Midstream companies are safety-conscious for good reason. Fewer accidents mean fewer delays, higher worker morale, lower insurance costs and avoidance of potential fines by the U.S. Occupational Safety and Health Administration (OSHA).
Ensuring that workers do only jobs they are trained for is one of the most critical steps in a safety program. An untrained worker who botches a job may injure himself and others, damage expensive equipment, cause fires and release hazardous materials.
Most accidents are relatively minor but even they interrupt work, decrease productivity and drive up workers’ compensation costs.
At the other extreme, catastrophic events are infrequent but devastating. Companies must do everything they can to prevent disasters. The inherent nature of the work—and potential for catastrophe—requires even more vigilance than in the usual construction environment.
But in the rush to get things done, proper vetting can be overlooked. How can supervisors in the field know for sure whether a particular worker is qualified to do a specific task or operate a certain piece of machinery? Many workers, eager to show their stuff, will reply, “I can do that,” but they may not have the required training. Or maybe they once had the right training, but their credential has expired.
On the other hand, the supervisor may not be aware of an employee who does have the right credentials.
Proper vetting poses many challenges. Pipeline and other midstream workers are often in remote locations. Their bosses don’t have access to normal computer infrastructure and certainly not to paper files at headquarters. As a result, there is often a long and costly delay to check credentials/qualifications, much more so than at a typical urban construction work site. Furthermore, a multitude of subcontractors are often used, and their employees all have to be vetted too.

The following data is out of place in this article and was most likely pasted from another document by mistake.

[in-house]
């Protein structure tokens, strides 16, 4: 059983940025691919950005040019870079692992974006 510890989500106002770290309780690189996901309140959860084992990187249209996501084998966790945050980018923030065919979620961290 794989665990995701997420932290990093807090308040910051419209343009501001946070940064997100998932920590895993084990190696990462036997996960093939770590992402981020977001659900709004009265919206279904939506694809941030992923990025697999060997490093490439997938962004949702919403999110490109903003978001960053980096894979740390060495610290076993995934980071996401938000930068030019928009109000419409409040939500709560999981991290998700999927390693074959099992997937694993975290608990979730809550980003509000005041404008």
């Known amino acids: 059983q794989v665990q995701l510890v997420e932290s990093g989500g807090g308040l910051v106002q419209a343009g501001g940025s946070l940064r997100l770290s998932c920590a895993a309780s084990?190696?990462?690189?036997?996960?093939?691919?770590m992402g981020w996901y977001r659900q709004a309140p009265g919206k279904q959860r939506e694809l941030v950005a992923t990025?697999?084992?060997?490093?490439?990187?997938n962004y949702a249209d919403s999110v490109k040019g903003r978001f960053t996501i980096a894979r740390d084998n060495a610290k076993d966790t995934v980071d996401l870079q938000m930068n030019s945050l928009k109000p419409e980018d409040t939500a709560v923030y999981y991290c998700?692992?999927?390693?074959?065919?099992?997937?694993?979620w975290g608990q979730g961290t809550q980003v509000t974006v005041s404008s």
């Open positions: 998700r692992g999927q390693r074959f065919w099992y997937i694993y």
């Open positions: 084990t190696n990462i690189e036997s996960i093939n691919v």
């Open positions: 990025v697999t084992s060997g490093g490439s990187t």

If something goes wrong, the subcontractor, contractor and midstream company itself will be held liable.
In a pipeline environment, there is a wider range of agencies potentially monitoring employee training. Besides OSHA, the Environmental Protection Agency, Department of Energy and the Department of Transportation’s Pipeline and Hazardous Materials Safety Administration might be involved—especially after an incident.
Having good records documenting training can help avert regulatory problems.
How can supervisors efficiently verify training? Paper files don’t cut it because they aren’t accessible in the field and become outdated quickly.
The worker who claims he or she was trained for a certain task may, or may not, be correct. A paper file in a file cabinet somewhere isn’t up-to-date or accessible. Excel files may be more up-to-date but are generally only accessible by the user managing the Excel file on his/her computer.
Storing training credentials on a central computer system is a step up, but onsite bosses generally don’t have access to such a database, and they’re rarely designed for mobile access.
Phoning or emailing to ask someone in Human Resources to check credentials is obviously slow and unreliable.
A smart, comprehensive and effective verification system starts with the fact that every worker has an identification card. If you can use their ID cards or ID bracelets to tap into a database to verify the worker’s training, you have a versatile solution.
The solution requires integrating four technologies: mobile, cloud, database and quick response (QR) code. It all starts with imprinting the QR code on the ID cards.
What is it?
A QR code is the black-and-white square that appears in magazine ads and is used for ticketing with smartphones and many other applications. It’s a simple, tested, reliable and inexpensive technology that works with any phone or tablet.
The QR code imprinted on each employee’s photo ID card identifies the employee. The ID card with a QR code can actually replace most, if not all, of the many cards that energy and construction workers are typically expected to carry.
The next step is to create a comprehensive database of employee training records. The data usually exists already; the key is to put the data into a usable form that can be accessed anywhere. In other words, you must create a single repository for all safety-training records, including qualifications from both internal sources and external providers. Employee training profiles can be created one-by-one or uploaded from a spreadsheet.
Next, the database must be stored in the cloud. This is crucial for a number of reasons. First, it ensures accessibility. Employers must have reliable access to the data from the field 24/7. Second, placing the data in the cloud ensures that authorized users can access it with any device, anywhere. It’s simply the best, most modern solution.